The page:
Constable: Suburban boys oversaw German POWs during World War II
As a 12-year-old boy in 1944, Ronald Rengel had plenty of experience driving his grandpa's John Deere tractor around the suburbs. He wasn't strong enough to turn the manual flywheel that started the engine, but once the tractor roared to life, the boy could operate the hand clutch and maneuver his way through chores at the family's farm and at Rengel's fruit and vegetable stand in Wilmette.
"One day, my grandpa says, 'Ronnie, get the John Deere and go to Harms Woods and pick up the farmhands,'" remembers Rengel, now 85 and a longtime Mundelein resident. Rengel and his 10-year-old brother, Kenneth, drove to Glenview, where an "old man in charge" made sure two dozen men hopped onto the lowboy trailer pulled by the tractor.
"Each man had a khaki shirt with a big PW silk-screened on the back," says Rengel, who quickly figured out that stood for prisoner of war. "My little brother and I, one of our chores in the morning was to pick up a bunch of German prisoners."
The men, German soldiers captured during World War II, were among more than 400,000 Axis prisoners shipped to the United States and kept in camps where they often were allowed out to work on farms and in factories, replacing Americans off fighting the war. It couldn't have been a better arrangement, Rengel says.
"Almost everyone spoke German at that time on the farm," Rengel says.
His mother, Eva Kizman, came to the United States in 1922 as an 18-year-old single woman from Hungary. His father, Joseph, was a first-generation American born to immigrants Joseph and Katherine Rengel, who came to New Trier Township in the suburbs after leaving their home in the German city of Trier in the Moselle wine region, near the Luxembourg border.
Rengel and his little brother knew enough German to communicate with the POWs.
"Kenny would sit out there and chatter with them," Rengel says. "They'd talk about their families and life before they went into the military."
The boys would drop the prisoners at their grandpa's farm and at another Wilmette farm owned by Michael Loutsch.
"I don't think they ever worried about me and the prisoners," says Rengel. "Most of the German prisoners didn't want to escape. Why should they?"
He remembers his mom making sandwiches for the men, as she once did for customers at the Rengels' family-owned tavern in Morton Grove, where a 7-year-old Rengel used to fetch buckets of beer.
The German POWs were well-behaved, and Rengel figured their lives as POWs were more comfortable than their lives as soldiers on the battlefield.
It would have been easy for the prisoners to overpower the two brothers and flee into the suburbs.
"The only weapon I had, and I was so proud of that weapon, was a little 2-inch pocketknife that I slipped into a pocket in my boots," Rengel says.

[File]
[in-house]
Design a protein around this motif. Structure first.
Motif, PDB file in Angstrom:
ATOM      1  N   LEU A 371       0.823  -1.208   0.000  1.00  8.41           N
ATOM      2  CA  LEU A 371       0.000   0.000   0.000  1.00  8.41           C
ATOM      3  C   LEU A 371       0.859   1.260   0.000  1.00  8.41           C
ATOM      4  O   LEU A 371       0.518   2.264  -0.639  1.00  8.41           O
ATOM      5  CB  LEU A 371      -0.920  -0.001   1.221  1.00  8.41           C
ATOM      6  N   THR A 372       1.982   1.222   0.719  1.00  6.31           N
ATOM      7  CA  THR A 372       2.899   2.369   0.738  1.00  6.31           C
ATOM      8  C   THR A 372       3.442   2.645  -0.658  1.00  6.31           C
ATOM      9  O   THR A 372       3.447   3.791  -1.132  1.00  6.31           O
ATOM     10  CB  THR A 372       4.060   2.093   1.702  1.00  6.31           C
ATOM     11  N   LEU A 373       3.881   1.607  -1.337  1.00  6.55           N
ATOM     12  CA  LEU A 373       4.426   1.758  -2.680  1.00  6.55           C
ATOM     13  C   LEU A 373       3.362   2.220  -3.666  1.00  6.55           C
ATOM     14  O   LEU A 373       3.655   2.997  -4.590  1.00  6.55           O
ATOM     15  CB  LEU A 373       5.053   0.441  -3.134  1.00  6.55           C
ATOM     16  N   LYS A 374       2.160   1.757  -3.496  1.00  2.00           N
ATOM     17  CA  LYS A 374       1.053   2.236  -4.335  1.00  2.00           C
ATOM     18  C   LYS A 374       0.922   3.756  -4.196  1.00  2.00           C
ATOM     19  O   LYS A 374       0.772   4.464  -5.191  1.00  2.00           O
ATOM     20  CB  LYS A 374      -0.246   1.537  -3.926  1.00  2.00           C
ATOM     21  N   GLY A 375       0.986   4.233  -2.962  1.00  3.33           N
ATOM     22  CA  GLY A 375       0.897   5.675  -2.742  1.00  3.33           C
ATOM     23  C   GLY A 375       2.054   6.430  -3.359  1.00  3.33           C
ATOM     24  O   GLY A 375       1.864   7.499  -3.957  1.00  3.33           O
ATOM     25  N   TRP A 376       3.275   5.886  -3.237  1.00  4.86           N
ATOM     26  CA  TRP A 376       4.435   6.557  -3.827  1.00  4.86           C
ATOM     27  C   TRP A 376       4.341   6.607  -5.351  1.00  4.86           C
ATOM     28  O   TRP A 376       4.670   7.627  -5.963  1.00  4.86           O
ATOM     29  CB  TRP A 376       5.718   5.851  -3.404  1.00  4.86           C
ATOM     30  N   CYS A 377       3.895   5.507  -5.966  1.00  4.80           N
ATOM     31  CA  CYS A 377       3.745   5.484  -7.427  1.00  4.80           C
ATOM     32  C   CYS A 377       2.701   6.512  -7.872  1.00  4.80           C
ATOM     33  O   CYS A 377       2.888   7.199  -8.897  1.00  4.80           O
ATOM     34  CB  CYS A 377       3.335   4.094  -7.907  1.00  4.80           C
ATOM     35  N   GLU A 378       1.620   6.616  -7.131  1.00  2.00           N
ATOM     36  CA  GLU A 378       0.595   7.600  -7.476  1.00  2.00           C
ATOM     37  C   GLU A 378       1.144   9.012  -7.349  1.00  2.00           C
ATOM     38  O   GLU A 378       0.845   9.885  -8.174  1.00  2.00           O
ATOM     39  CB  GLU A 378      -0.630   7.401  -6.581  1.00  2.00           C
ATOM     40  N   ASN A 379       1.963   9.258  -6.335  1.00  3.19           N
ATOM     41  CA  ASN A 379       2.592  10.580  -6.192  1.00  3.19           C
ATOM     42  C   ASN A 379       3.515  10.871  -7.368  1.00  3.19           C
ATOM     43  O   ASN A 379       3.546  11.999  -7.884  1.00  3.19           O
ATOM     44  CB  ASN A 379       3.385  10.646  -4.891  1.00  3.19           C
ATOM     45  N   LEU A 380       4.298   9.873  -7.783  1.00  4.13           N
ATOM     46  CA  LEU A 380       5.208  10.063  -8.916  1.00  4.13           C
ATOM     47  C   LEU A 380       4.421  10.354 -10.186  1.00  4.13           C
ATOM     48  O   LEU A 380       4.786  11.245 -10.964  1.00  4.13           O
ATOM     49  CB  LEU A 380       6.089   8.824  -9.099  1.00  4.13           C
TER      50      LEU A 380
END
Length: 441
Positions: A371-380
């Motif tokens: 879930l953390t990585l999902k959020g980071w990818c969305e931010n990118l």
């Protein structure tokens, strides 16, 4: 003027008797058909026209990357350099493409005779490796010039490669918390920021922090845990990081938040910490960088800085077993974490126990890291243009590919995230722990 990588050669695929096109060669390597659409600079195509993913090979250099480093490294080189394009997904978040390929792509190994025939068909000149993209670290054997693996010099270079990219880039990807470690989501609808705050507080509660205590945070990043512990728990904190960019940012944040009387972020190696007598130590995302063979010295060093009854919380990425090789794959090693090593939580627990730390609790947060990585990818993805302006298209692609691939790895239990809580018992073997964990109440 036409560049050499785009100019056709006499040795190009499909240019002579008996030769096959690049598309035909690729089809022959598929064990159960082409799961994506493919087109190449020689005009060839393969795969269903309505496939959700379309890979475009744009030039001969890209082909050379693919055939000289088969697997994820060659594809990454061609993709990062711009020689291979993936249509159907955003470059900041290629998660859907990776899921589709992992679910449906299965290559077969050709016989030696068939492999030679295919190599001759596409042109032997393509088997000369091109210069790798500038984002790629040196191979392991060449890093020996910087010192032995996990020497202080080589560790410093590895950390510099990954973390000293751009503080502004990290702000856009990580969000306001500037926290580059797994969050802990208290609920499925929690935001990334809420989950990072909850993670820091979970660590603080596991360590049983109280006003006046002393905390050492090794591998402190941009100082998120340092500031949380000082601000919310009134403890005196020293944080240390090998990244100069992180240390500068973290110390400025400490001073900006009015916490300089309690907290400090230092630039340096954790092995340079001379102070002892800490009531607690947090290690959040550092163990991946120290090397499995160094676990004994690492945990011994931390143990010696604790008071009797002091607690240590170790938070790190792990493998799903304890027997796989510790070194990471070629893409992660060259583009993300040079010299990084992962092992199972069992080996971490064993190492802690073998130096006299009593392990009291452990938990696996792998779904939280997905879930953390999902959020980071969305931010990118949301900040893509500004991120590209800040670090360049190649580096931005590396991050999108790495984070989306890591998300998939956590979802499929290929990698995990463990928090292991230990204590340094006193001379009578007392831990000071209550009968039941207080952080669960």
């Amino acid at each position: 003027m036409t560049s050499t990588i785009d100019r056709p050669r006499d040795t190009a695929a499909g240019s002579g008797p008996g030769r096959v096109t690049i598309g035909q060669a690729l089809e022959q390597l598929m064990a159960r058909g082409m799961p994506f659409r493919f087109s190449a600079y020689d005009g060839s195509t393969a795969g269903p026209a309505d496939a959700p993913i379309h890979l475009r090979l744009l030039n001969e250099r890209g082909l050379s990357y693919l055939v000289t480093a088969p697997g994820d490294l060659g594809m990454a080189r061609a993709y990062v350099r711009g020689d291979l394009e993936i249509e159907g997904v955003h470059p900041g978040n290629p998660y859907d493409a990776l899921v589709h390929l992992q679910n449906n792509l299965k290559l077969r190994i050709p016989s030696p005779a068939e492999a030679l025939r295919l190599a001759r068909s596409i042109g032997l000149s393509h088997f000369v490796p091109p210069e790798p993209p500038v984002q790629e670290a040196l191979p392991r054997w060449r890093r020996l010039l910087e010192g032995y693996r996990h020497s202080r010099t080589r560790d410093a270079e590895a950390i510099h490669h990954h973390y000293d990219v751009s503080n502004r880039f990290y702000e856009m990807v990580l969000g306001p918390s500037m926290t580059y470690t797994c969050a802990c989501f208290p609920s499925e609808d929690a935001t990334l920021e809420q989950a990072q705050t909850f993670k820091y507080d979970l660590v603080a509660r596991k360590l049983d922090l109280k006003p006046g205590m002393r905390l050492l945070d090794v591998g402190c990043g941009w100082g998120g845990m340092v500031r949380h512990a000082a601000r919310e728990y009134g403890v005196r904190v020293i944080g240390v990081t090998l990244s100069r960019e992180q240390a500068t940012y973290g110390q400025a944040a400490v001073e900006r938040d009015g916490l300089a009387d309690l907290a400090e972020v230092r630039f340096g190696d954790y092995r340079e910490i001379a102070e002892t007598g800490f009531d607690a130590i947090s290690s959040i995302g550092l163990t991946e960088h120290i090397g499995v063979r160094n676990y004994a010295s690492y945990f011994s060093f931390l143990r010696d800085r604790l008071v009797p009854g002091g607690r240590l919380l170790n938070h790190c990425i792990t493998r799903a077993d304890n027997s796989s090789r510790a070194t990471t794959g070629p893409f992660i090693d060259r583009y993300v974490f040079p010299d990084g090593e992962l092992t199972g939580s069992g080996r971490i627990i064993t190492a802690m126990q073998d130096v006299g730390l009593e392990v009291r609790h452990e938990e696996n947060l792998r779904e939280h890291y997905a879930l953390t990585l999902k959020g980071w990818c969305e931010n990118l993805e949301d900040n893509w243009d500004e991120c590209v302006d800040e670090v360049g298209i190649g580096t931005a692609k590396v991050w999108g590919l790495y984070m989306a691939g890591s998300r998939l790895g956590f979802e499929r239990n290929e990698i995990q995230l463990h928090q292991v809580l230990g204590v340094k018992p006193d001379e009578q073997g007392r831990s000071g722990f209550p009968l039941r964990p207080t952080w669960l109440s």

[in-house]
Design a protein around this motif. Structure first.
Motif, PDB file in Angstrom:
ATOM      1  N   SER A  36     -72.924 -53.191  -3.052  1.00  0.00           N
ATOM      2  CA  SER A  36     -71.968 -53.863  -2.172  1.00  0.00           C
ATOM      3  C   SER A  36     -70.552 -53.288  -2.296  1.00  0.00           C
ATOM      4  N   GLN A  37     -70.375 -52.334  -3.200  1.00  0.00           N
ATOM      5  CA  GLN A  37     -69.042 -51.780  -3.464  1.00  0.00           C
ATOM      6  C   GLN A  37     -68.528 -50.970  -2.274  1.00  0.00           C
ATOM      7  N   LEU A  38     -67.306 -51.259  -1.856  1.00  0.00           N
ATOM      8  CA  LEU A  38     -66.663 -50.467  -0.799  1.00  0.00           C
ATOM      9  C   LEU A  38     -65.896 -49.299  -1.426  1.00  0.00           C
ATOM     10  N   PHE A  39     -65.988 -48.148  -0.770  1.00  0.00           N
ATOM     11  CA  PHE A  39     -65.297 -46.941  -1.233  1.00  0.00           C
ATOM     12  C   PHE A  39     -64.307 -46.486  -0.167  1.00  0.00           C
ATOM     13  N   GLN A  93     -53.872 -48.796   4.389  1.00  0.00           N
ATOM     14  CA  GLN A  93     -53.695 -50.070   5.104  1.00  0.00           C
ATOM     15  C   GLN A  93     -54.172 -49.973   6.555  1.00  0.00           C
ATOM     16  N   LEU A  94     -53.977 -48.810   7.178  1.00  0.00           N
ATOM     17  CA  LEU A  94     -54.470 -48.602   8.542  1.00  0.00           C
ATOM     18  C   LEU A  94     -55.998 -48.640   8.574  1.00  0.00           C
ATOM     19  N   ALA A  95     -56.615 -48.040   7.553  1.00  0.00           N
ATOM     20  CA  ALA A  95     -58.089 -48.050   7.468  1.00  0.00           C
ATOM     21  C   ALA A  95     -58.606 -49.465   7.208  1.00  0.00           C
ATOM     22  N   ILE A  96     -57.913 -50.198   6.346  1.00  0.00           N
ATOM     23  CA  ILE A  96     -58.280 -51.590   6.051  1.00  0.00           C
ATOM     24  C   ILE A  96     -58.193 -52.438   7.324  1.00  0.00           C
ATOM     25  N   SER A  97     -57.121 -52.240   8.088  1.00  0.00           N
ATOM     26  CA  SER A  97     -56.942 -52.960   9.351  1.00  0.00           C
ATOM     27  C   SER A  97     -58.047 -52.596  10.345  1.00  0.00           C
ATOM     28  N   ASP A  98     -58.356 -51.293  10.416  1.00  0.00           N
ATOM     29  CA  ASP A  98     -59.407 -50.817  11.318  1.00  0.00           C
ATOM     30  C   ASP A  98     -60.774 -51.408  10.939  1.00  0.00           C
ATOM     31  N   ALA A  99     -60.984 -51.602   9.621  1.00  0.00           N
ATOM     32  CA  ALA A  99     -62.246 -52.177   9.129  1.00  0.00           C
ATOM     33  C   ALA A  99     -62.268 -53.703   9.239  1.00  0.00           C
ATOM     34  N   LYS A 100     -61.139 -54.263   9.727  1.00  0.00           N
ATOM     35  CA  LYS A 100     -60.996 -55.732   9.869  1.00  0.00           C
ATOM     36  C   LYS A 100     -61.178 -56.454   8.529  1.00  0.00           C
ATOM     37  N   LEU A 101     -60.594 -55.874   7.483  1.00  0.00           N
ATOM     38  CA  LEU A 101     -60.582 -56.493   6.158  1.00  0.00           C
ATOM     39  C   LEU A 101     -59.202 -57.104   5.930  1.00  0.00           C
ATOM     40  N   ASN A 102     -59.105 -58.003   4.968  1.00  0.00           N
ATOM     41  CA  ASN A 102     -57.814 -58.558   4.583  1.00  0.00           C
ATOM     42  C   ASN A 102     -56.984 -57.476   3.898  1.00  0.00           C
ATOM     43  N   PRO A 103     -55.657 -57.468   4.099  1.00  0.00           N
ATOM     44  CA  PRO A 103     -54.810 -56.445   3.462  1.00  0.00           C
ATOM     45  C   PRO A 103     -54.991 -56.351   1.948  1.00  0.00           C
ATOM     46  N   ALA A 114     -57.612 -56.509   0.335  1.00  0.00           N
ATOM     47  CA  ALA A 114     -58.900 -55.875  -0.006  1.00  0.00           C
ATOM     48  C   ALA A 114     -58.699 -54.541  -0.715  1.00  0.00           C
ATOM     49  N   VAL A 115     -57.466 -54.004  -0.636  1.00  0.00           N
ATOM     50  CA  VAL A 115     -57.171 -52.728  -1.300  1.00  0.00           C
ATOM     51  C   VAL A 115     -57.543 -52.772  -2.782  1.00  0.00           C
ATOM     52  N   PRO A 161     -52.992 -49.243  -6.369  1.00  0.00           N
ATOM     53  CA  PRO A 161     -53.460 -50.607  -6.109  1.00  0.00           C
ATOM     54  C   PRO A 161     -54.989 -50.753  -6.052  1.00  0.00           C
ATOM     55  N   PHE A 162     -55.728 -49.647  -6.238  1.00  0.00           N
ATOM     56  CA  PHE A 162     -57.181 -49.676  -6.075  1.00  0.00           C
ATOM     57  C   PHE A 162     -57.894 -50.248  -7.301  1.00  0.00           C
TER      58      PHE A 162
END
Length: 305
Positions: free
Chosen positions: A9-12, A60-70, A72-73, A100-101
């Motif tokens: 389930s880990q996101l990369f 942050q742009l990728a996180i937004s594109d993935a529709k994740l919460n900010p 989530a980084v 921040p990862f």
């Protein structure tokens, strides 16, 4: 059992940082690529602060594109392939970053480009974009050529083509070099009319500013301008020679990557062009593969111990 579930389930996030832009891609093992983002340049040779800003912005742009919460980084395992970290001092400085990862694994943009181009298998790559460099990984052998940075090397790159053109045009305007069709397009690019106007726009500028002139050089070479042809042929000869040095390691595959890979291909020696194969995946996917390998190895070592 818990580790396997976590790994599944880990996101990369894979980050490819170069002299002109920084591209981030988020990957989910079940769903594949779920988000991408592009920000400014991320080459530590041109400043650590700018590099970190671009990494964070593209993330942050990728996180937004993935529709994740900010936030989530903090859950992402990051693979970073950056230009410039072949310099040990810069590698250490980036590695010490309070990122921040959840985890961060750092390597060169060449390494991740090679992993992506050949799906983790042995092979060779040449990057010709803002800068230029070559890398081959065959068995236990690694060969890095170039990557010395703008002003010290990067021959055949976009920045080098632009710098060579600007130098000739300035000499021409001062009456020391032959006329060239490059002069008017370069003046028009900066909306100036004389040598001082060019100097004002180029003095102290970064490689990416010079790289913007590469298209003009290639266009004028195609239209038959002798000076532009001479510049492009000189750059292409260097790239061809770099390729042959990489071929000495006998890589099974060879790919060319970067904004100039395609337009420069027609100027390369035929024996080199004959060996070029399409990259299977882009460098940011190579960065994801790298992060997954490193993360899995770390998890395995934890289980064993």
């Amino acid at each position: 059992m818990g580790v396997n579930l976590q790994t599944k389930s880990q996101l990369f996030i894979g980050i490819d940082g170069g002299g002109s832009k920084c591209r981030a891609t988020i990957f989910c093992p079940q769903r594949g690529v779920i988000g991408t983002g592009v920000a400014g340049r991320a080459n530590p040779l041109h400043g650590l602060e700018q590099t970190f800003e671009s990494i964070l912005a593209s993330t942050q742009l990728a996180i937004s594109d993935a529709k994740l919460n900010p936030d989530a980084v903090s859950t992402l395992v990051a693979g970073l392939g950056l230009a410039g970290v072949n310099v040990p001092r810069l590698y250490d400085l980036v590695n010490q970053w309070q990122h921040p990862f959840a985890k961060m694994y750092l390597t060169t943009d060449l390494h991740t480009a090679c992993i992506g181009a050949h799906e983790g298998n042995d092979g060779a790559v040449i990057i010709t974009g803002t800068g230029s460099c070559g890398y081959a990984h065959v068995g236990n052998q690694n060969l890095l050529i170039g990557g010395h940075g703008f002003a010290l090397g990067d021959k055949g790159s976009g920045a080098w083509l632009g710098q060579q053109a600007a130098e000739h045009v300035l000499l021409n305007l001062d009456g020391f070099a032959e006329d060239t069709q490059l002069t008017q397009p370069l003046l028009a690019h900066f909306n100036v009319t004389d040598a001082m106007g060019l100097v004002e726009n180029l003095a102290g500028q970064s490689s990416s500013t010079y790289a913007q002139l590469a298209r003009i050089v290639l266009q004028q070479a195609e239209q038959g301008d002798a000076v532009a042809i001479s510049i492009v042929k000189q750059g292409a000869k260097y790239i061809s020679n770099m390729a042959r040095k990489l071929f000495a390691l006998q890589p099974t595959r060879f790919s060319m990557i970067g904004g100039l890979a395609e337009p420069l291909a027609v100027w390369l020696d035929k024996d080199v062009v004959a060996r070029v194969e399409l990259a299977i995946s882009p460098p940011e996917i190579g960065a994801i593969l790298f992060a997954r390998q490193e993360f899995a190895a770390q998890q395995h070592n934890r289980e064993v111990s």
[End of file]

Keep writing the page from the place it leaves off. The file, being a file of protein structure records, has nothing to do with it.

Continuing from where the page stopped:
The German prisoners didn't fit the Nazi stereotype.
"They were not SS troops, and they did not like Hitler," Rengel remembers. "In the couple years we were doing that, we never had any problems with them."
The prisoners, and the brothers, did more than work. "Saturday night, they had German movies at the Wilmette Theater," says Rengel, who remembers watching alongside the prisoners. "Life was good for farm boys during World War II."
But the war had an impact.
"When the war started, I lived in Glenview," Rengel says, noting his father had sold the tavern and found work as a tool-and-die maker. They rented a house from Our Lady of Perpetual Help until the war.
"They raffled our house off. I think it was for war bonds," Rengel says, explaining how his family moved to Wilmette with his grandparents.
He also remembers an older neighbor boy, Buddy, who played the guitar and let the Rengel boys sing with him.
He joined the Navy and was killed "when his ship went down," Rengel says. "I knew what happened in war."
Rengel, a 1951 graduate of New Trier High School, enlisted in the Army and spent two years, one month and 19 days on the island of Okinawa at the end of the Korean War. He and his wife, Evelyn, celebrated their 60th wedding anniversary in January and raised sons Jerry and Lance and daughter Robin in the Mundelein house where they have lived since 1957.
He's long retired from his career with AT&T, for which he mostly did installations and repairs.
A licensed private pilot, Rengel has logged 4,813 hours in the air, often flying to his place on Washington Island, off the northern tip of Door County, Wisconsin, in the single-engine Cessna Skyhawk he dubbed "Ron's Mistress."
He also has ridden 186,000 miles on his 1972 Moto Guzzi motorcycle.
He credits his childhood working and his time spent in charge of those German POWs for his success in life.
"We had tons of responsibility. In the evening I'd take them back and drop them off," Rengel says, noting one man would handle the transfer of prisoners. "There was no guard, no roll call. If the same amount came back as we took out, that's all he worried about. The responsibility we had, that's what made us. I was really proud of what we did."